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I'm working through an iPhone tutorial (link text and it has me put in some code (a few times throughout the various tutorials) but it doesn't explain it at all. In this code:

todoAppDelegate *appDelegate = (todoAppDelegate *)[[UIApplication sharedApplication] delegate];

What exactly is an appDelegate? What does the "delegate" at the end of the instantiation mean? Actually, what does the whole thing mean? (UIIapplication sharedApplication)?

I am a .Net programmer if that helps someone explain it better. I hate learning through tutorials because I always need to know what EVERYTHING does and no one explains everything.

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3 Answers 3

up vote 19 down vote accepted

Let's back up a little bit.

The square brackets ([ ]) are Objective-C's method calling syntax. So if Cocoa had a C# syntax, the equivalent syntax would be:

TodoAppDelegate appDelegate = UIApplication.sharedApplication.delegate;

In C#, you would use a static class for a class that only has a single instance. In Cocoa, the Singleton pattern is used to accomplish this. A class method (in this case, sharedApplication) is used to retrieve the single instance of that class.

Delegates in Cocoa are not like the delegate keyword in C#, so don't be confused by that. In C#, you use the delegate keyword to reference a method. The delegate pattern in Cocoa is provided as an alternative to subclassing.

Many objects allow you to specify another object as a delegate. Delegates implement methods that those objects will call to notify them of certain events. In this case, UIApplication is the class that represents the current running application (similar to System.Windows.Forms.Application, for example). It sends messages to its delegate when things that affect the application happen (e.g. when the application launches, quits, gains or loses focus, and so on.)

Another Objective-C concept is the protocol. It is similar in principle to a .NET interface, except that methods can be marked as @optional, meaning they classes are not required to implement the methods marked that way. Delegates in the iPhone SDK are simply objects that conform to a specific protocol. In the case of UIApplication, the protocol delegates must conform to is UIApplicationDelegate.

Because it's not required to implement every method, this gives the delegate flexibility to decide which methods are worth implementing. If you wanted to, for example, perform some actions when the application finishes launching, you can implement a class that conforms to the UIApplicationDelegate protocol, set it as the UIApplication instance's delegate, and then implement applicationDidFinishLaunching:.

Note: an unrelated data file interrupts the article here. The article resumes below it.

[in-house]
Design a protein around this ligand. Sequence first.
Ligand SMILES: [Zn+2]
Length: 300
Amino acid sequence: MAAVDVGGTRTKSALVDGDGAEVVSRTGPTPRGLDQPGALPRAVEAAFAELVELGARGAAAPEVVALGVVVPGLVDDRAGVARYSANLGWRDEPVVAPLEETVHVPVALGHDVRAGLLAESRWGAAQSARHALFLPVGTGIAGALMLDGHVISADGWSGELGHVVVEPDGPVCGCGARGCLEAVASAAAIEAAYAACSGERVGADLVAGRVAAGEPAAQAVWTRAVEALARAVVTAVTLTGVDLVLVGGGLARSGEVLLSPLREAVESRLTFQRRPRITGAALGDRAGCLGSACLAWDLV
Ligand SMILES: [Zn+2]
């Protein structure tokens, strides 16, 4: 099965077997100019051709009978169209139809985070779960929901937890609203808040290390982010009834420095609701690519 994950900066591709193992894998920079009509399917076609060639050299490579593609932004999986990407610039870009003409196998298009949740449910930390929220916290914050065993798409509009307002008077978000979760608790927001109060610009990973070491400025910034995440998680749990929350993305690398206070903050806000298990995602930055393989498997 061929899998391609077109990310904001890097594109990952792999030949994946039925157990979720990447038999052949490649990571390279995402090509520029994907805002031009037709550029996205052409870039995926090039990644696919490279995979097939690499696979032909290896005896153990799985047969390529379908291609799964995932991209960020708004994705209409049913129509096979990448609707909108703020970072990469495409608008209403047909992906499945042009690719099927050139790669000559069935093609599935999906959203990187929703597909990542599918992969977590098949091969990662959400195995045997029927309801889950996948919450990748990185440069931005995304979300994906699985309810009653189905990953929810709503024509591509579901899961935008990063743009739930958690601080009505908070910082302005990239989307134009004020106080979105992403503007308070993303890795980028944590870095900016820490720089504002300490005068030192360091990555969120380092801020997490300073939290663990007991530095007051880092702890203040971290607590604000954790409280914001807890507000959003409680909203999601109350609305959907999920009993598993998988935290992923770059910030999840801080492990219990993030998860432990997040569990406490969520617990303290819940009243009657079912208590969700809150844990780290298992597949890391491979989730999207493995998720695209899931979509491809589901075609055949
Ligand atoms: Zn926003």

UIApplication will determine if its delegate implements this method when the application finishes launching and, if it does, call that method. This gives you a chance to respond to this event without having to subclass UIApplication.

In iPhone applications, developers also frequently use the app delegate as a kind of top-level object. Since you don't usually subclass UIApplication, most developers keep their global application data in the app delegate.

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A delegate is just an object that implements certain methods (basically callbacks). The NSApplication docs explain what its delegate is supposed to do and what messages it needs to respond to to.

And this isn't instantiation. The snippet you posted above doesn't create anything. It accesses whatever object is set as the application's delegate. [UIApplication sharedApplication] gets the object representing the application, and sending delegate to the application gets its delegate (if any).

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to add more to the mix of responses and another point of view, delegates are objects that can (but don't necessarily need to) do work for another object.

So let's say you have objectA, and can assign to it a delegate (let's call it delegateObject).

From objectA's point of view, there are certain bits of work that may need to be done. Depending on the context, the actual work and the results of such work can be different.

So instead of having objectA implementing a method for all these instances, we'll say... let's have another object, delegateObject, do the work... and as long as the results are returned in the proper format, we don't care what delegateObject did to get there.

objectA will first check that delegateObject exists and that delegateObject has implemented a method to do the work asked of it.

To accomplish this, NSObject (which every Cocoa object inherits from) has this method:

- (BOOL)respondsToSelector:(SEL)aSelector

and objectA would do a simple test before sending a message to delegateObject, for example:

if ([delegate respondsToSelector: @selector(someMethod:sender:)])

    {
        [delegate someMethod:@"stuff" sender:self];
    }

and because objectA only sends a message to its delegate if one's been assigned, delegate is not retained by objectA.

if we were to use UITableView as an example, it has a lot of UITableViewDelegate methods. One of them is:

- (void)tableView:(UITableView *)tableView didSelectRowAtIndexPath:(NSIndexPath *)indexPath

every time the user touches a row in a table, the UITableView object will first check that there's a delegate, if there's a delegate, it'll then check that the delegate has implemented the above method. If it does, then it'll send the message to the delegate. This method expects no return value, and UITableView will go about its merry way, regardless of what the delegate does. And if there is no delegate that implements that method, then nothing happens.

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